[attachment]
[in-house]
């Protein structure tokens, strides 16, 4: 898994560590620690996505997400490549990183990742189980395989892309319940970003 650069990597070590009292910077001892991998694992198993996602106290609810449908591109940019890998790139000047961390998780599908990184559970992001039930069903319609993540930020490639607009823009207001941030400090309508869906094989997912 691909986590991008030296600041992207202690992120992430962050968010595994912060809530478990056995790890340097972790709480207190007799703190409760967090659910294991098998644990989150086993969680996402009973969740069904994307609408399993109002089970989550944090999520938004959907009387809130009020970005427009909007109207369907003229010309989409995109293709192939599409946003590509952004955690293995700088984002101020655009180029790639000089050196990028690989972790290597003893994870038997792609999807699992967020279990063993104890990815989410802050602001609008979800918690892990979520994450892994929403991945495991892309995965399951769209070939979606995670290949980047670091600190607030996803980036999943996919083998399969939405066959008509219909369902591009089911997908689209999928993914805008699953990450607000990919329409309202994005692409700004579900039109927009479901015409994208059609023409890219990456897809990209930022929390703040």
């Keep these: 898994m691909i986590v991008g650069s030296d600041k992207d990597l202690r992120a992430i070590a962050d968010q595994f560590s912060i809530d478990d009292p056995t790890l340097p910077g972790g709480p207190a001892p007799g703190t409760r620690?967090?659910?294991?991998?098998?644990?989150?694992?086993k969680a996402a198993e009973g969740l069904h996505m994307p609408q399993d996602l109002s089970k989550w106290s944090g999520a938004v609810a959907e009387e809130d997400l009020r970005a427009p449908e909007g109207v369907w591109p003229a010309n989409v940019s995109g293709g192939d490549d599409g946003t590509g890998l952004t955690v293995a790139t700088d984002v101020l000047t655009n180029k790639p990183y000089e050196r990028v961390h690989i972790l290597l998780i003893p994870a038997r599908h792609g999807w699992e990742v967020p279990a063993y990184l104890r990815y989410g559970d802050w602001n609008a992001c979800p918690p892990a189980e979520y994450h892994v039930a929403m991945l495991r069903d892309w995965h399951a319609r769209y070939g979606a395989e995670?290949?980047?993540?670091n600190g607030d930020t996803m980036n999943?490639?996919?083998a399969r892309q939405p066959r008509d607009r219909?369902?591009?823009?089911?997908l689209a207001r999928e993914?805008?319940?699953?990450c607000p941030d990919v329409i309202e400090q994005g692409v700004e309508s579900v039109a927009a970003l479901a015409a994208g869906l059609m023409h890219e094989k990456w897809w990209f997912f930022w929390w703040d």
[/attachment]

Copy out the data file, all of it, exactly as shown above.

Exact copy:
[in-house]
């Protein structure tokens, strides 16, 4: 898994560590620690996505997400490549990183990742189980395989892309319940970003 650069990597070590009292910077001892991998694992198993996602106290609810449908591109940019890998790139000047961390998780599908990184559970992001039930069903319609993540930020490639607009823009207001941030400090309508869906094989997912 691909986590991008030296600041992207202690992120992430962050968010595994912060809530478990056995790890340097972790709480207190007799703190409760967090659910294991098998644990989150086993969680996402009973969740069904994307609408399993109002089970989550944090999520938004959907009387809130009020970005427009909007109207369907003229010309989409995109293709192939599409946003590509952004955690293995700088984002101020655009180029790639000089050196990028690989972790290597003893994870038997792609999807699992967020279990063993104890990815989410802050602001609008979800918690892990979520994450892994929403991945495991892309995965399951769209070939979606995670290949980047670091600190607030996803980036999943996919083998399969939405066959008509219909369902591009089911997908689209999928993914805008699953990450607000990919329409309202994005692409700004579900039109927009479901015409994208059609023409890219990456897809990209930022929390703040």
């Keep these: 898994m691909i986590v991008g650069s030296d600041k992207d990597l202690r992120a992430i070590a962050d968010q595994f560590s912060i809530d478990d009292p056995t790890l340097p910077g972790g709480p207190a001892p007799g703190t409760r620690?967090?659910?294991?991998?098998?644990?989150?694992?086993k969680a996402a198993e009973g969740l069904h996505m994307p609408q399993d996602l109002s089970k989550w106290s944090g999520a938004v609810a959907e009387e809130d997400l009020r970005a427009p449908e909007g109207v369907w591109p003229a010309n989409v940019s995109g293709g192939d490549d599409g946003t590509g890998l952004t955690v293995a790139t700088d984002v101020l000047t655009n180029k790639p990183y000089e050196r990028v961390h690989i972790l290597l998780i003893p994870a038997r599908h792609g999807w699992e990742v967020p279990a063993y990184l104890r990815y989410g559970d802050w602001n609008a992001c979800p918690p892990a189980e979520y994450h892994v039930a929403m991945l495991r069903d892309w995965h399951a319609r769209y070939g979606a395989e995670?290949?980047?993540?670091n600190g607030d930020t996803m980036n999943?490639?996919?083998a399969r892309q939405p066959r008509d607009r219909?369902?591009?823009?089911?997908l689209a207001r999928e993914?805008?319940?699953?990450c607000p941030d990919v329409i309202e400090q994005g692409v700004e309508s579900v039109a927009a970003l479901a015409a994208g869906l059609m023409h890219e094989k990456w897809w990209f997912f930022w929390w703040d």